Letter to John Williams, Former Executive Manager of Pacific Power
Dear John Williams, former Executive General Manager of Pacific Power,
Just thought I'd write a letter to you to let you know that you missed a couple of points in the letter you wrote that I found lying on a seat in Sydney Airport. The first and probably most important thing is that the vast majority of solar power in Australia is point of use. That is, it saves the people with solar panels the retail cost of electricity rather than the wholesale cost, and the retail cost is often five or more times the wholesale cost. This is why solar panels with lower installation costs are now around grid parity in Australia. And since you don't mention this in your letter I'll just point out that solar panels have minimal maintenance costs and zero fuel costs. A lot of people regard these two points as major features of solar power.
I'm kind of surprised you didn't know about the point of use stuff already, what with working in the power industry so long, but I guess executing might have kept you too busy to keep up with everything. Anyway, I'm just glad to be able to fill you in on this.
But then you start to get weird, John.
You state the efficiency of the best coal and gas plants at converting heat into electricity and then you compare this to the efficiency of a solar panel at converting light into electricity. You declare that solar panels have to be more efficient at turning sunlight into electricity than an advanced coal plant is at turning heat into electricity in order to be competitive.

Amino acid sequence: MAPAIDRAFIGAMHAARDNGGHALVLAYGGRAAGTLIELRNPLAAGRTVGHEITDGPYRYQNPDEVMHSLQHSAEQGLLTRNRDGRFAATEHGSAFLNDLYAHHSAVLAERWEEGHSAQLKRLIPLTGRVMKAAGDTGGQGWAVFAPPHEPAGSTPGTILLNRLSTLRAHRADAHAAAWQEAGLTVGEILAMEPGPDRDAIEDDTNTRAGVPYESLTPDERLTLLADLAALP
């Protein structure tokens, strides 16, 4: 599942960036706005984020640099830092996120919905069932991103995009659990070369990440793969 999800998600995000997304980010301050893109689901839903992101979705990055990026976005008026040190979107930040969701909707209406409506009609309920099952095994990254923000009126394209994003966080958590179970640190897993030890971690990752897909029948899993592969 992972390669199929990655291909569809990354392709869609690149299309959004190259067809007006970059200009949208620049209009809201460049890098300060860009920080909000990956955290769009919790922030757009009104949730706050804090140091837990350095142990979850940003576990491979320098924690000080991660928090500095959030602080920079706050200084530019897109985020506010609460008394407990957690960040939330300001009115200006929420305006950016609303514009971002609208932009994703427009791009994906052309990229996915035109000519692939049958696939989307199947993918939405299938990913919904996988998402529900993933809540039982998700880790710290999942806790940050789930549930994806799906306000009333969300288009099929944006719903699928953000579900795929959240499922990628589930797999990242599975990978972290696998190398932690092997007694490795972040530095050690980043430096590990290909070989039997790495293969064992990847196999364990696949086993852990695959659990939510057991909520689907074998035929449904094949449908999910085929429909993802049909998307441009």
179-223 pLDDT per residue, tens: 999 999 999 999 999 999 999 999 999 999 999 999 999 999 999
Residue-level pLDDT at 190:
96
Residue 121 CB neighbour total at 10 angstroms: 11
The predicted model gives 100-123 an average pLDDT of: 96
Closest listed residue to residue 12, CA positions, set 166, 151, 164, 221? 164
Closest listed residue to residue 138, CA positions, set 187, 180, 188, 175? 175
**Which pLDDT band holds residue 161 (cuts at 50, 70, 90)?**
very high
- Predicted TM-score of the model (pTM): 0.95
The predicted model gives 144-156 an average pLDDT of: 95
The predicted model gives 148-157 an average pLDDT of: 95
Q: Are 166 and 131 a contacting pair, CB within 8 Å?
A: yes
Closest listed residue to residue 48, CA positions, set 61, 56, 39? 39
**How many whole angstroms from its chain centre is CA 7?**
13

Are you pooping me? Are you seriously ignorant enough to believe this, or are you just pooping everyone? Did you delegate your thinking to an idiot? Are you really comparing the efficiency of converting sunlight into electricity to the efficiency of converting the heat of burning fossil fuels into electricity and saying that comparison determines competitiveness? If I developed a method for turning sewage into petrol at no cost would you say it wasn't competitive if it was only 15% efficient? You state that gas can be more efficient than coal, so how come we generate most of our electricity from coal if efficiency determines competitiveness? Or could it be that something other than raw efficiency measures determine where we get our electricity from? I'm sure you must have known this at some point. If you cast your mind back to when you were Executive General Manager of Pacific Power you might remember.
Anyway, I hope you found this helpful. And don't feel too bad. Age gets to us all. Why just the other day I could not for the life of me remember the name of the green Teletubby. Took me hours before I remembered its name was Dipsy. But I swear I'll never forget the name of that bastard Laa-Laa.